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LHS Writer is Selected for YoungArts Week
Christina Qiu is following in the footsteps of writers Jhumpa Lahiri and Amy Tan in exploring in Asian-American literature the issues of race, culture and national identity.
Qiu, a Livingston High School junior, is the author of several short stories and poems, two of which were signaled out by the national YoungArts program, which is designed to support young artists at a critical juncture in their lives and encourage their decision to pursue a career in the arts.
After debating whether to even submit her work – “it seemed too intense and prestigious” – Qiu will now be traveling to Miami in January to participate in National YoungArts Week. She was selected to join about 160 – out of a field of 10,000 applicants – of the nation's top young artists in the visual, literary and performing arts.
Qiu has been writing "for fun" since seventh grade, serious enough to have a writing buddy and to meet with other aspiring writers at LHS in a club called “Shakespeare and Company.”
The stories awarded by YoungArts, “The Miseducation of We” and “Lucy at Home,” look at Qiu’s own identity as an Asian American, a theme the teenage writer felt compelled to research and reflect upon.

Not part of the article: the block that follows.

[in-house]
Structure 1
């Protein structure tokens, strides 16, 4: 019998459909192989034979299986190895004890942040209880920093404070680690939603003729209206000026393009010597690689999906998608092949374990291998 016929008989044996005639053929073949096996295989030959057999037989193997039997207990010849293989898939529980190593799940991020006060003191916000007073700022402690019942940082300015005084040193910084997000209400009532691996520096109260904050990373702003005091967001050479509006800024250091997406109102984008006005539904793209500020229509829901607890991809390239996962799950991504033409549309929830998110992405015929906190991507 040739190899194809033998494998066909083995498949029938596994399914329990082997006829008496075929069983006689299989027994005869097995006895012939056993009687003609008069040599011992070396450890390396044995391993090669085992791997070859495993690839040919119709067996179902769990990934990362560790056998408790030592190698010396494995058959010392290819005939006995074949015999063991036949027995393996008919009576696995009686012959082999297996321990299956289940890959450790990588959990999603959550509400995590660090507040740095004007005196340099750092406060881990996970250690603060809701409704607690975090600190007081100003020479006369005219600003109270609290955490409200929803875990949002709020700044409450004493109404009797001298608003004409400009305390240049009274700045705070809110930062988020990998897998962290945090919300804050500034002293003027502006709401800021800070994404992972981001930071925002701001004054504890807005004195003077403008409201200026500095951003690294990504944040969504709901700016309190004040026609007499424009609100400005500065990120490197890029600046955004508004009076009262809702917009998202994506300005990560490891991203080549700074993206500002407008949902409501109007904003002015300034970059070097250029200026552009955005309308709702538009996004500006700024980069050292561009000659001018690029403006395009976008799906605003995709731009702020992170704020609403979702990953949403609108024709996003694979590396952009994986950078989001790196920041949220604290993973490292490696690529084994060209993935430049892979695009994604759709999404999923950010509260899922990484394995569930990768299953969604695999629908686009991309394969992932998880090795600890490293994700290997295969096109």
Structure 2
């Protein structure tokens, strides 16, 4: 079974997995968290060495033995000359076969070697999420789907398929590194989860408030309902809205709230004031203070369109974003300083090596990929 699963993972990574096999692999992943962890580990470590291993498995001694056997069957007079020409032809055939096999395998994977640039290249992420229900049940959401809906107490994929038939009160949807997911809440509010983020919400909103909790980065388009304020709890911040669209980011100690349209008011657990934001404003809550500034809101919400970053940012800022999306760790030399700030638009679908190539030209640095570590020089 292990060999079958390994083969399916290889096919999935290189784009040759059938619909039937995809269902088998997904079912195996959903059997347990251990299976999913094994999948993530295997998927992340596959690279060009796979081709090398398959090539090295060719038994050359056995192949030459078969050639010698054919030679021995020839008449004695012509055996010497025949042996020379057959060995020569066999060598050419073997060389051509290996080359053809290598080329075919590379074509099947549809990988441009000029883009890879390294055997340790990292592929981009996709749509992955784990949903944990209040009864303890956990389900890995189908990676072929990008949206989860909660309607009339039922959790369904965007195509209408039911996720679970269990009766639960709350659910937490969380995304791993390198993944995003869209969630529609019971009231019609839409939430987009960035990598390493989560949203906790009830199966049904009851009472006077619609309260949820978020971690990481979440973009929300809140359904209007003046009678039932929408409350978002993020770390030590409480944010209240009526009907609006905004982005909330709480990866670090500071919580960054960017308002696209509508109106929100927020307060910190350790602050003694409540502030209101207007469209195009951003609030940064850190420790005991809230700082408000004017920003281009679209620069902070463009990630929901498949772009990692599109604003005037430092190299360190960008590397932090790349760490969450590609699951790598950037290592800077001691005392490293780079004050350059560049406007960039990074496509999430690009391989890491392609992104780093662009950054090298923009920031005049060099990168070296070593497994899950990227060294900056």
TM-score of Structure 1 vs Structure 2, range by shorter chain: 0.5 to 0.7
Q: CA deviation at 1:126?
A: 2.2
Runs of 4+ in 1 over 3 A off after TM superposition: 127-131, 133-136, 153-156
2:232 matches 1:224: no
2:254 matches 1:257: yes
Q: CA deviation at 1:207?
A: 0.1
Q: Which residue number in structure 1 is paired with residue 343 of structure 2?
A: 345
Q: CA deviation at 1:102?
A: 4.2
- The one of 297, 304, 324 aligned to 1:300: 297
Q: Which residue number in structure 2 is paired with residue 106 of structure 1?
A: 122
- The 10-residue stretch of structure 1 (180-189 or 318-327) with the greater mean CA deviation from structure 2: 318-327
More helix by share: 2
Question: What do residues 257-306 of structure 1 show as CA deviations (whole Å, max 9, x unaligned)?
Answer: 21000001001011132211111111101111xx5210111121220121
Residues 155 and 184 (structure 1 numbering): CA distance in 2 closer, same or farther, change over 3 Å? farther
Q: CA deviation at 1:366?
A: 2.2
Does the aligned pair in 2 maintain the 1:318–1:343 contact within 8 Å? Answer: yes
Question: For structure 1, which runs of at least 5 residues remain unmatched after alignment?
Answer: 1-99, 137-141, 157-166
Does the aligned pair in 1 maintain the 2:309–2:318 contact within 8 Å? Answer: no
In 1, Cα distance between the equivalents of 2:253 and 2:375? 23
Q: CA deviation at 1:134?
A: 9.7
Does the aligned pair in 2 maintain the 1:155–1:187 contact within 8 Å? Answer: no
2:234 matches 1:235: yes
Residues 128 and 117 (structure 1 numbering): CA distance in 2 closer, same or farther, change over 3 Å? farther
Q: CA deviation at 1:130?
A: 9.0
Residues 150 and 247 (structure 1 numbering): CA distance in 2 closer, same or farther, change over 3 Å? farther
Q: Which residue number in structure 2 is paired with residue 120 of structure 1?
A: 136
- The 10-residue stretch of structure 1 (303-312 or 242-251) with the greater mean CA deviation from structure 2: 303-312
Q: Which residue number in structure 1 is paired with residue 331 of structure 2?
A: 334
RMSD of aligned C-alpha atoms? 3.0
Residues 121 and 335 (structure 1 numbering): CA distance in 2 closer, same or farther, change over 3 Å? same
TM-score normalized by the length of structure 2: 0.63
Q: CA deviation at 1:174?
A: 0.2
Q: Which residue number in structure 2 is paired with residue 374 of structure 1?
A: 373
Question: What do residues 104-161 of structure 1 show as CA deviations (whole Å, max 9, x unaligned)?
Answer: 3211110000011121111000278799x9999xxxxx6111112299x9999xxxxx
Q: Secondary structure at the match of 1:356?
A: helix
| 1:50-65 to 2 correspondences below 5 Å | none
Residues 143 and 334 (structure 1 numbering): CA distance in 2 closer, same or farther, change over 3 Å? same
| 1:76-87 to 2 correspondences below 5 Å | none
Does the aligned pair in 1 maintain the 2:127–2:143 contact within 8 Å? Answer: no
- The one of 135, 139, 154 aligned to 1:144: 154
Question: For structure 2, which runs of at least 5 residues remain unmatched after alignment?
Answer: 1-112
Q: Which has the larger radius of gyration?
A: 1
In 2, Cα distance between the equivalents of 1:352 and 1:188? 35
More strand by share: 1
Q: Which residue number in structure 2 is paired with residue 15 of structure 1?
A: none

The writing has “allowed me to explore my identity, who I am, who my people are, and my own personal definition of American," she said.
“The Miseducation of We,” for example, is a story that was born from many anecdotes from other Asian Americans who live in places without a lot of cultural support, places that are very different from Livingston, Qiu said. “In U.S. (classrooms) history is told in black and white. I wanted to know, where do I fit in?”
Although the writer said she has had some sort of identity awakening, the anecdotes do not mirror her own personal experience. "It is an amplification and example of some of my feelings toward my identity, but, just like my other story, it is merely a narrative illustration of my sociopolitical viewpoints, not at all influenced by my personal experiences in Livingston," she said.
The second story, “Lucy at Home” centers on the Vietnam War and is told from the Chinese American perspective. It was inspired by a documentary, "Lucy Comes Home," and further influenced by writer Tim O’Brien.
At LHS, Qiu has contributed to the school’s literary and art magazine, Inner Voices. She is close to her sister Jeanna, a cello player. Together, they placed first for debating the technological issues of social media at the National Technology Student Association (TSA) Competition held in Florida last summer.
Qiu, whose interests run from music (she plays the piano) to science and math, has no plans to put down her pen. “There are a lot of important things that need to be said."